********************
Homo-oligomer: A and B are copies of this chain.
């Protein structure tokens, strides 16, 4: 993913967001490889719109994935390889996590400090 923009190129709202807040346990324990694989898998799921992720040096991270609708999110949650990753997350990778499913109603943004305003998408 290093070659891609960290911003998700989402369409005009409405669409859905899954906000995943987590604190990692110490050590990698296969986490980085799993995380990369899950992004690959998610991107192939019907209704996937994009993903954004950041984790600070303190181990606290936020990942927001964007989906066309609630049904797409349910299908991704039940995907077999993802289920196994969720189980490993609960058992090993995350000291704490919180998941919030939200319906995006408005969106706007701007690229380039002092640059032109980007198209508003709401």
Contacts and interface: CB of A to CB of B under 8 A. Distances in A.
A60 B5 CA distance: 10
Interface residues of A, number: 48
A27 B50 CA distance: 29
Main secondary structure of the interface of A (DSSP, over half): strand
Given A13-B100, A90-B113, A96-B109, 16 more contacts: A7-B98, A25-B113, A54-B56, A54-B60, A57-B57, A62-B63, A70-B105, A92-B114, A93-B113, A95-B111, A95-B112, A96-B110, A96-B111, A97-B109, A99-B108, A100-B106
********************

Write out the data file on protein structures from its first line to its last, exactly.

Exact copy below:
Homo-oligomer: A and B are copies of this chain.
């Protein structure tokens, strides 16, 4: 993913967001490889719109994935390889996590400090 923009190129709202807040346990324990694989898998799921992720040096991270609708999110949650990753997350990778499913109603943004305003998408 290093070659891609960290911003998700989402369409005009409405669409859905899954906000995943987590604190990692110490050590990698296969986490980085799993995380990369899950992004690959998610991107192939019907209704996937994009993903954004950041984790600070303190181990606290936020990942927001964007989906066309609630049904797409349910299908991704039940995907077999993802289920196994969720189980490993609960058992090993995350000291704490919180998941919030939200319906995006408005969106706007701007690229380039002092640059032109980007198209508003709401």
Contacts and interface: CB of A to CB of B under 8 A. Distances in A.
A60 B5 CA distance: 10
Interface residues of A, number: 48
A27 B50 CA distance: 29
Main secondary structure of the interface of A (DSSP, over half): strand
Given A13-B100, A90-B113, A96-B109, 16 more contacts: A7-B98, A25-B113, A54-B56, A54-B60, A57-B57, A62-B63, A70-B105, A92-B114, A93-B113, A95-B111, A95-B112, A96-B110, A96-B111, A97-B109, A99-B108, A100-B106